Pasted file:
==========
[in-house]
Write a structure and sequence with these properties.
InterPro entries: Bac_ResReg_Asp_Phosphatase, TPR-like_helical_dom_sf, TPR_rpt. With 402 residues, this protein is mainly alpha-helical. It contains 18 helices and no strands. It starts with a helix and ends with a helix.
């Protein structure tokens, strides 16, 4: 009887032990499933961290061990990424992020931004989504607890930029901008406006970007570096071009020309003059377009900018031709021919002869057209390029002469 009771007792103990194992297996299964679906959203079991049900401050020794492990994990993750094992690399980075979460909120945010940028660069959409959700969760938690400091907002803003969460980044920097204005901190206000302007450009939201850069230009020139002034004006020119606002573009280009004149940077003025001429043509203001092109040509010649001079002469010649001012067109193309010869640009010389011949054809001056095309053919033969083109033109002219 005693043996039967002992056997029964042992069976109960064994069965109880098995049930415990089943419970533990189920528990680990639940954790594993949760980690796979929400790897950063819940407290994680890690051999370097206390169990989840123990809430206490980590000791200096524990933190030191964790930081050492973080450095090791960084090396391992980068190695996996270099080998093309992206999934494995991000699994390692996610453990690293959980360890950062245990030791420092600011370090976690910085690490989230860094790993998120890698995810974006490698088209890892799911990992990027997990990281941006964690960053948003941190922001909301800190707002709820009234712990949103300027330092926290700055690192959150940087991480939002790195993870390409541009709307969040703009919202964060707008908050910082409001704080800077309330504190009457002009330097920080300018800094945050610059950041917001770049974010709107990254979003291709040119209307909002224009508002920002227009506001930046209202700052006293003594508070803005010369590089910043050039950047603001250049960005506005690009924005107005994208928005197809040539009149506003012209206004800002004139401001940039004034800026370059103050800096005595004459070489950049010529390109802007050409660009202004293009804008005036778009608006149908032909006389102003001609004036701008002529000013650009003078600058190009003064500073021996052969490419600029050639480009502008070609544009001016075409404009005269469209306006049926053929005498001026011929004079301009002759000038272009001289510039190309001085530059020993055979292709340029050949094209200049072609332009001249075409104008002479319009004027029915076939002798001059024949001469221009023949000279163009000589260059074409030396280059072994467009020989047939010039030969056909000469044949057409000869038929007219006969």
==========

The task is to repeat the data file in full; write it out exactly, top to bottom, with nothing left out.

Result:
[in-house]
Write a structure and sequence with these properties.
InterPro entries: Bac_ResReg_Asp_Phosphatase, TPR-like_helical_dom_sf, TPR_rpt. With 402 residues, this protein is mainly alpha-helical. It contains 18 helices and no strands. It starts with a helix and ends with a helix.
């Protein structure tokens, strides 16, 4: 009887032990499933961290061990990424992020931004989504607890930029901008406006970007570096071009020309003059377009900018031709021919002869057209390029002469 009771007792103990194992297996299964679906959203079991049900401050020794492990994990993750094992690399980075979460909120945010940028660069959409959700969760938690400091907002803003969460980044920097204005901190206000302007450009939201850069230009020139002034004006020119606002573009280009004149940077003025001429043509203001092109040509010649001079002469010649001012067109193309010869640009010389011949054809001056095309053919033969083109033109002219 005693043996039967002992056997029964042992069976109960064994069965109880098995049930415990089943419970533990189920528990680990639940954790594993949760980690796979929400790897950063819940407290994680890690051999370097206390169990989840123990809430206490980590000791200096524990933190030191964790930081050492973080450095090791960084090396391992980068190695996996270099080998093309992206999934494995991000699994390692996610453990690293959980360890950062245990030791420092600011370090976690910085690490989230860094790993998120890698995810974006490698088209890892799911990992990027997990990281941006964690960053948003941190922001909301800190707002709820009234712990949103300027330092926290700055690192959150940087991480939002790195993870390409541009709307969040703009919202964060707008908050910082409001704080800077309330504190009457002009330097920080300018800094945050610059950041917001770049974010709107990254979003291709040119209307909002224009508002920002227009506001930046209202700052006293003594508070803005010369590089910043050039950047603001250049960005506005690009924005107005994208928005197809040539009149506003012209206004800002004139401001940039004034800026370059103050800096005595004459070489950049010529390109802007050409660009202004293009804008005036778009608006149908032909006389102003001609004036701008002529000013650009003078600058190009003064500073021996052969490419600029050639480009502008070609544009001016075409404009005269469209306006049926053929005498001026011929004079301009002759000038272009001289510039190309001085530059020993055979292709340029050949094209200049072609332009001249075409104008002479319009004027029915076939002798001059024949001469221009023949000279163009000589260059074409030396280059072994467009020989047939010039030969056909000469044949057409000869038929007219006969």